Likewise, if you enjoy learning languages, extreme enthusiasm can be a hindrance. That sounds like a terrible thing to say – enthusiasm for learning is truly wonderful, of course. But, at the sharp end, it can be too much of a good thing.

When I’m on a learning kick, and the enthusiasm bug bites, I speed up. I want to devour words, rules, facts, figures.

And often, that means I rush ahead and skip the basics.

Dangerous enthusiasm

Now, I could pick any number of languages I’ve tried learning in the past to illustrate this. For example, the Icelandic language truly fascinates me. Historically a pretty conservative language, it’s as close to Old Norse as a modern foreign language gets. And as Norwegian learner too, there are tons of common points of interest between the two. It’s just incredibly interesting.

I spent a good year thrashing away at it some time ago. I did reasonably well, too, learning lots of grammar in particular (I am a total grammar boffin). However, I never really gained any colloquial fluency.

The reason for that is the chocolate problem. I found the language enthralling, and developed a real taste for it. But that meant I raced ahead, guzzling up the interesting stuff long before I should have. That’s a great recipe for learning without practical application.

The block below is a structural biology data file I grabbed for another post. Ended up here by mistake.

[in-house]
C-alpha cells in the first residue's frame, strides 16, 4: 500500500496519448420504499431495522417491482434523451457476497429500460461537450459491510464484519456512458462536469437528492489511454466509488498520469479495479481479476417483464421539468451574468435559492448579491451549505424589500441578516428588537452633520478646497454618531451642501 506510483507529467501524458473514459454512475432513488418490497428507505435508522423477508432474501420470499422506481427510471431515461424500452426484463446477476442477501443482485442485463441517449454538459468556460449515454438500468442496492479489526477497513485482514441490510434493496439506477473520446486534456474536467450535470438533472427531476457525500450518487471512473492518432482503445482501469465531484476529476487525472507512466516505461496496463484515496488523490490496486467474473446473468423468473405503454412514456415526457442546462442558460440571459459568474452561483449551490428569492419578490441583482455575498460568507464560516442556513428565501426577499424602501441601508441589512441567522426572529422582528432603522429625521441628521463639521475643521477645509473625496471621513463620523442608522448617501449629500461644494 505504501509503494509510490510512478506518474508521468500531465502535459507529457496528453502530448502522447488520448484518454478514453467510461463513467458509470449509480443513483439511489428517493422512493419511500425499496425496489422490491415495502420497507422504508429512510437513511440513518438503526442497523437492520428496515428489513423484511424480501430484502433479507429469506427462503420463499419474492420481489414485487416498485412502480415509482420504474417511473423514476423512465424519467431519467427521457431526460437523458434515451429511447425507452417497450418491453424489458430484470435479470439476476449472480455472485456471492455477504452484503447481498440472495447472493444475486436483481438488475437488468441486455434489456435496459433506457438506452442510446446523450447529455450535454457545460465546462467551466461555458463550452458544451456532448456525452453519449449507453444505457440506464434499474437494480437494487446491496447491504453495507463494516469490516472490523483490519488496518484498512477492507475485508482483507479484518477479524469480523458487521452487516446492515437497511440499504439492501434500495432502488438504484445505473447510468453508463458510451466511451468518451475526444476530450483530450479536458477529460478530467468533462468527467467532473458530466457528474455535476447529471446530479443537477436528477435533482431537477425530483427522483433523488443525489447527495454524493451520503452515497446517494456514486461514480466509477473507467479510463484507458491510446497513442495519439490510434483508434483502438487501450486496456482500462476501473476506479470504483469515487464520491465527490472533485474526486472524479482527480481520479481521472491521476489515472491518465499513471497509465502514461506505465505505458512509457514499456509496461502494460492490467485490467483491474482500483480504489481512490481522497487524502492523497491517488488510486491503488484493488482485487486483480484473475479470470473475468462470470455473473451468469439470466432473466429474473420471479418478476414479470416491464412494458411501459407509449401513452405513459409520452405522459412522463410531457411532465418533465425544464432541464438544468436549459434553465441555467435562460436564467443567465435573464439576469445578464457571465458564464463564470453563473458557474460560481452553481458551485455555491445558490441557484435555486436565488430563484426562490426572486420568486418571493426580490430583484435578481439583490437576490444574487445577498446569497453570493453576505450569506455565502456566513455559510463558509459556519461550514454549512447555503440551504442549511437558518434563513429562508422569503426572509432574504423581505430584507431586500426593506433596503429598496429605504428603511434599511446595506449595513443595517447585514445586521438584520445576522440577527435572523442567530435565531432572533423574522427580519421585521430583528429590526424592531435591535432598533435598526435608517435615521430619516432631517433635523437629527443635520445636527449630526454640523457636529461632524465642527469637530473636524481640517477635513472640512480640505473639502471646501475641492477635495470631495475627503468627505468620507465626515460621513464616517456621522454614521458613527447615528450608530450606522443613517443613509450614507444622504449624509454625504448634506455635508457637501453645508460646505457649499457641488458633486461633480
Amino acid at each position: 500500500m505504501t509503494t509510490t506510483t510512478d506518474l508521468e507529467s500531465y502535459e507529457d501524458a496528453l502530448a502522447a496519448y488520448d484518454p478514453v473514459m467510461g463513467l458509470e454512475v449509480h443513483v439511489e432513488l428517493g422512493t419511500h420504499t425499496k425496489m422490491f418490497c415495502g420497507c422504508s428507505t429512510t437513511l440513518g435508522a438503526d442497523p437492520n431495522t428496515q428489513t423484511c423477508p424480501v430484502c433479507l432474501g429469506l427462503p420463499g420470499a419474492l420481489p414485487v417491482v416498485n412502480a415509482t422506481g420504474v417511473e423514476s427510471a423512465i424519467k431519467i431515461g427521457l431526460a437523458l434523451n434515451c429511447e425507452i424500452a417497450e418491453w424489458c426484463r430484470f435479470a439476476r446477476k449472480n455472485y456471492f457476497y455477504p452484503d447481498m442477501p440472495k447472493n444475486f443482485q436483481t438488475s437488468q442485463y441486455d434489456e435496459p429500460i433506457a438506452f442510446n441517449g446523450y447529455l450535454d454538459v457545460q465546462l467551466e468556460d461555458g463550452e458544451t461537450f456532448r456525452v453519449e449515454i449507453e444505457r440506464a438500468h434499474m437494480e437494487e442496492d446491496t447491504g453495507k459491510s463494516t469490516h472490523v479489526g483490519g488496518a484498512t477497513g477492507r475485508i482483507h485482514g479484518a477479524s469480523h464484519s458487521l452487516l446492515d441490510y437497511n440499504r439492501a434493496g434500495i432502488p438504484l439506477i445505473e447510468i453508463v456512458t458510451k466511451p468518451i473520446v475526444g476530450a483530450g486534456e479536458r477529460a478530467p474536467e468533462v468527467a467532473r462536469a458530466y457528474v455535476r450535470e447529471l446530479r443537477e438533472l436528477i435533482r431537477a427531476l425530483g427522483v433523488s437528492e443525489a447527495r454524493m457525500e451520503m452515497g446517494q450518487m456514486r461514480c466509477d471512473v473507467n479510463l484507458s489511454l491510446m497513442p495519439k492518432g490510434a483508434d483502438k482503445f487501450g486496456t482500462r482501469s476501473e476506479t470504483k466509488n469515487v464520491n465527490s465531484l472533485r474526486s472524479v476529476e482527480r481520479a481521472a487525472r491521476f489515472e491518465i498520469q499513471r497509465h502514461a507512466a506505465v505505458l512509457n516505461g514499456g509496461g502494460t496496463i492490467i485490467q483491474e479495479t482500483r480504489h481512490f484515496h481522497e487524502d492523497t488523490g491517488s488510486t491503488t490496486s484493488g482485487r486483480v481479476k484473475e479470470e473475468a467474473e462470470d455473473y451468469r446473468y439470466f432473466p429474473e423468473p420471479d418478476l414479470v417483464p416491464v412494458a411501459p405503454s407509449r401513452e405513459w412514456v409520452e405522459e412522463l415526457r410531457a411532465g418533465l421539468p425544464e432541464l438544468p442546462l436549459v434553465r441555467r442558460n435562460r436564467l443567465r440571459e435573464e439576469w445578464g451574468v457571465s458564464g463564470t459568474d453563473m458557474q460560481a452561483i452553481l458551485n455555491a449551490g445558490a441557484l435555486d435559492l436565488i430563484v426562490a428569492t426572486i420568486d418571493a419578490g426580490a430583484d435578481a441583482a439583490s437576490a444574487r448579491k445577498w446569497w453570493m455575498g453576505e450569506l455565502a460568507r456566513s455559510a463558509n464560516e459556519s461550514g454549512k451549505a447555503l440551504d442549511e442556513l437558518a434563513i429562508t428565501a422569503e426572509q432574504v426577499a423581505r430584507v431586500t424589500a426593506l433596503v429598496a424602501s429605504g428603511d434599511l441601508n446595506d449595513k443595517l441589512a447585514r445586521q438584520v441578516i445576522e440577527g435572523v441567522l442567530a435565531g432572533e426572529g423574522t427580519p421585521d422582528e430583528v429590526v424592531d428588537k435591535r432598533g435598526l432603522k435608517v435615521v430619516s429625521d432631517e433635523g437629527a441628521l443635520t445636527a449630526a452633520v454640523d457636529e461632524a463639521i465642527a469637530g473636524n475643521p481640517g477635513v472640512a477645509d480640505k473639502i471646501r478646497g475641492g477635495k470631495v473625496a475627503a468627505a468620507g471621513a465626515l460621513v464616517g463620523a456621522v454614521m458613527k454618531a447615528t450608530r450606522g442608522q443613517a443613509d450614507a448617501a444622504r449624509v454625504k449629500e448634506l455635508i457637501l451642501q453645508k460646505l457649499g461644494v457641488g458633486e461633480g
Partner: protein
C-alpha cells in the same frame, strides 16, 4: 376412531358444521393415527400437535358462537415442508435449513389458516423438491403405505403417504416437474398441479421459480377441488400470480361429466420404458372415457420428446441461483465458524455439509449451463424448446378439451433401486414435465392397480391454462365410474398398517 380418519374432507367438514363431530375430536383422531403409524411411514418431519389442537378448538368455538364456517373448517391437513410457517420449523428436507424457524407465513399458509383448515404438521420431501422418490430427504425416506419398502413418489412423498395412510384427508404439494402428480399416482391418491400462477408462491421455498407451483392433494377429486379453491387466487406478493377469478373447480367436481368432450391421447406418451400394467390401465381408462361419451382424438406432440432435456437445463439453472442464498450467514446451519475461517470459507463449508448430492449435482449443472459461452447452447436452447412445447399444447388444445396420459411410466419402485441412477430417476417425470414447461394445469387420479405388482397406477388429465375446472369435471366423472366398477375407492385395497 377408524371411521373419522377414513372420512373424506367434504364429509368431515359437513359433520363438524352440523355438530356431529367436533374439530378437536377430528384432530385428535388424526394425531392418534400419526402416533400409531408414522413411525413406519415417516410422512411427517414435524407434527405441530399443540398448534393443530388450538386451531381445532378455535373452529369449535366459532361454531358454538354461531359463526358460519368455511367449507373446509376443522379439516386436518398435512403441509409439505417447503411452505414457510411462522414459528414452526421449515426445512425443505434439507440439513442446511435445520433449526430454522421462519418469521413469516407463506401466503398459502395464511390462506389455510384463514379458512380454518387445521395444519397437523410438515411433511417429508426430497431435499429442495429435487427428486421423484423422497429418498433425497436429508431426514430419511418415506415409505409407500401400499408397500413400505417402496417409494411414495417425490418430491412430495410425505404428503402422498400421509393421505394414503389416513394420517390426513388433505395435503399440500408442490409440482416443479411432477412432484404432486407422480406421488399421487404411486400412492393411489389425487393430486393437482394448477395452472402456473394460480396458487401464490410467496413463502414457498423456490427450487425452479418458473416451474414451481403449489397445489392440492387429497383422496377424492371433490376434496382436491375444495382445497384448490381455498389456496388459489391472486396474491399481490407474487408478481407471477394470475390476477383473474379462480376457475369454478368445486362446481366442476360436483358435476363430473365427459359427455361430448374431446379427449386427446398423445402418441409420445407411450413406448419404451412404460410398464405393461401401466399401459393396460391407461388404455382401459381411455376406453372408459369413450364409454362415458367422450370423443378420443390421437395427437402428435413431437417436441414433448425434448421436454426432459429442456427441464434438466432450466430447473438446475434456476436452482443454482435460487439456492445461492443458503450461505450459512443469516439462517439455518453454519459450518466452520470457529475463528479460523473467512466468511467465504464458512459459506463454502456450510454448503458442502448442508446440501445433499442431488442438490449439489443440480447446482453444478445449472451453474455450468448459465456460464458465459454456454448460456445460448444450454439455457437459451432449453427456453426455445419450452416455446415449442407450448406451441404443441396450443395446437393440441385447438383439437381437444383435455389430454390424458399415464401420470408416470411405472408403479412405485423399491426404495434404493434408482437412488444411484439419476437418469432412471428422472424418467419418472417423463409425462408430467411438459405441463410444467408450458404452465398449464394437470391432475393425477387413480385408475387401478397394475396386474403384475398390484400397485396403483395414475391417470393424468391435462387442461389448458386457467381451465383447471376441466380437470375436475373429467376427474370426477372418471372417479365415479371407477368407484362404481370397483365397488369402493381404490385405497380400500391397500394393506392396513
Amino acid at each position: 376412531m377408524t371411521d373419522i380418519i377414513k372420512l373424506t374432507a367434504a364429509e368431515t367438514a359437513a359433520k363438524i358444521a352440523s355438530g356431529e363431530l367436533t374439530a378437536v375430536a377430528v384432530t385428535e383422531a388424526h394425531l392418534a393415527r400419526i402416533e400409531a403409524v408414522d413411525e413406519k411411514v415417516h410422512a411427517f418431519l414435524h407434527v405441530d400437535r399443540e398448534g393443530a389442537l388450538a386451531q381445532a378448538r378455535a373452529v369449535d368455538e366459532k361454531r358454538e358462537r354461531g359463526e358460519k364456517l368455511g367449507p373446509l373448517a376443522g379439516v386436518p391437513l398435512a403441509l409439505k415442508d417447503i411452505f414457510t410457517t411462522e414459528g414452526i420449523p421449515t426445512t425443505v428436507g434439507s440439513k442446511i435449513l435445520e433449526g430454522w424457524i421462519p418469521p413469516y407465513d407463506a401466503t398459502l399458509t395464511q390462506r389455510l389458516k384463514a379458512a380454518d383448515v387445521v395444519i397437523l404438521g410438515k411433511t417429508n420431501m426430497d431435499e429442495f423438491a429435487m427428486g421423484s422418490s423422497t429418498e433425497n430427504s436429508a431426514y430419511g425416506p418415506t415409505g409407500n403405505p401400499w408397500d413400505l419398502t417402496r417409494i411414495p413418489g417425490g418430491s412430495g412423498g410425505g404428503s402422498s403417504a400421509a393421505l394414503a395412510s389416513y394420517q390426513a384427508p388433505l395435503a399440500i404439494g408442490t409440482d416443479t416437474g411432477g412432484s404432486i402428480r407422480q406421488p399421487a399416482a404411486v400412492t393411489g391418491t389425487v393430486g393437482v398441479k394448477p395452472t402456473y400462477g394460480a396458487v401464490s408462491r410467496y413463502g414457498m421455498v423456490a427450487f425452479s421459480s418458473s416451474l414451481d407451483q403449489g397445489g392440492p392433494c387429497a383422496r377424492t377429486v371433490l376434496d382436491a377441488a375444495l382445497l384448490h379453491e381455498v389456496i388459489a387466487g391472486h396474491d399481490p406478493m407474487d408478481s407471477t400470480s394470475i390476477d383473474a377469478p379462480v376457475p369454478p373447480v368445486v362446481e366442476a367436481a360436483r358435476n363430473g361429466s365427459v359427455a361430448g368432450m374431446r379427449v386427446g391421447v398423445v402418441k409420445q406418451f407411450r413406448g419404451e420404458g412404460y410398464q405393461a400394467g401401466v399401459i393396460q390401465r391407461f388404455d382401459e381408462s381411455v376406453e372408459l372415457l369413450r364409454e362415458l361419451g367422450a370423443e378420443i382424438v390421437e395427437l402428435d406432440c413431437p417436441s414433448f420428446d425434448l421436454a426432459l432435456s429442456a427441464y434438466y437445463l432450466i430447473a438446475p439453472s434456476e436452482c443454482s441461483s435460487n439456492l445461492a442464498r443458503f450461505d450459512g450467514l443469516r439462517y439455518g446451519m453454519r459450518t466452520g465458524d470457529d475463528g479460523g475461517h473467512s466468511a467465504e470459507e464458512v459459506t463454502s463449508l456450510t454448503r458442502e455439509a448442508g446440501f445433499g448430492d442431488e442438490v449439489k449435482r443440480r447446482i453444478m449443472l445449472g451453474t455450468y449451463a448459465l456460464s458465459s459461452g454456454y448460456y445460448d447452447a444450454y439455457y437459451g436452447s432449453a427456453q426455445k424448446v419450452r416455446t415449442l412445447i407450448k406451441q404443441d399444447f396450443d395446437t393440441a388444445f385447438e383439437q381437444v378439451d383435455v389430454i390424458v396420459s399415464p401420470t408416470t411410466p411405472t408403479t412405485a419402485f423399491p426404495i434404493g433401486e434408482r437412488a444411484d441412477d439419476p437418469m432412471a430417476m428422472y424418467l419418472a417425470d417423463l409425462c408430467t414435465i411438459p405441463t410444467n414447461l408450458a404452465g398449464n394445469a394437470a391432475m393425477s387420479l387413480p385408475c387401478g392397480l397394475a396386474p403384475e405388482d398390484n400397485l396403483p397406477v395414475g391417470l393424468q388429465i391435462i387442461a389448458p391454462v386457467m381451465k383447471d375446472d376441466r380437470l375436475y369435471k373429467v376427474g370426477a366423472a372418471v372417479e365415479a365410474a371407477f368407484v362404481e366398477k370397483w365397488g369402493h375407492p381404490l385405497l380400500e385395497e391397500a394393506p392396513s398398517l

I became the kind of linguist who could explain and conjugate complex verb paradigms in Icelandic, but couldn’t tell the time, count or say hello. Oops. Not so handy in Reykjavík.

DeFEating my nemesis

Because of this, Icelandic was always a bit of a ‘nemesis’ language for me. Every time, it would entice me a little too much, and I’d gorge on it to the point of saturation. Every time, it beat me, leaving me bursting with grammar, but with little practical application.

But I like a challenge, and if anything, Icelandic is the perfect vehicle to exercise a new, restrained enthusiasm. I picture myself down but not out, bellowing “you shall not beat me!” at it from the boxing ring floor. To that end, I’ve returned to the language recently, and thanks to a really good teacher on iTalki, am systematically filling in the gaps in the basics. We’re using a set of beginner’s resources that are available for free: Íslenska fyrir alla (Icelandic for everyone), and, for a change, I’m sticking to the plan.

Pig out – but not too often!

So, to return to chocolate (what a great idea), taking it bite by bite is advised. Little, but often. It doesn’t mean you can’t sometimes pig out – but don’t let it ruin your diet!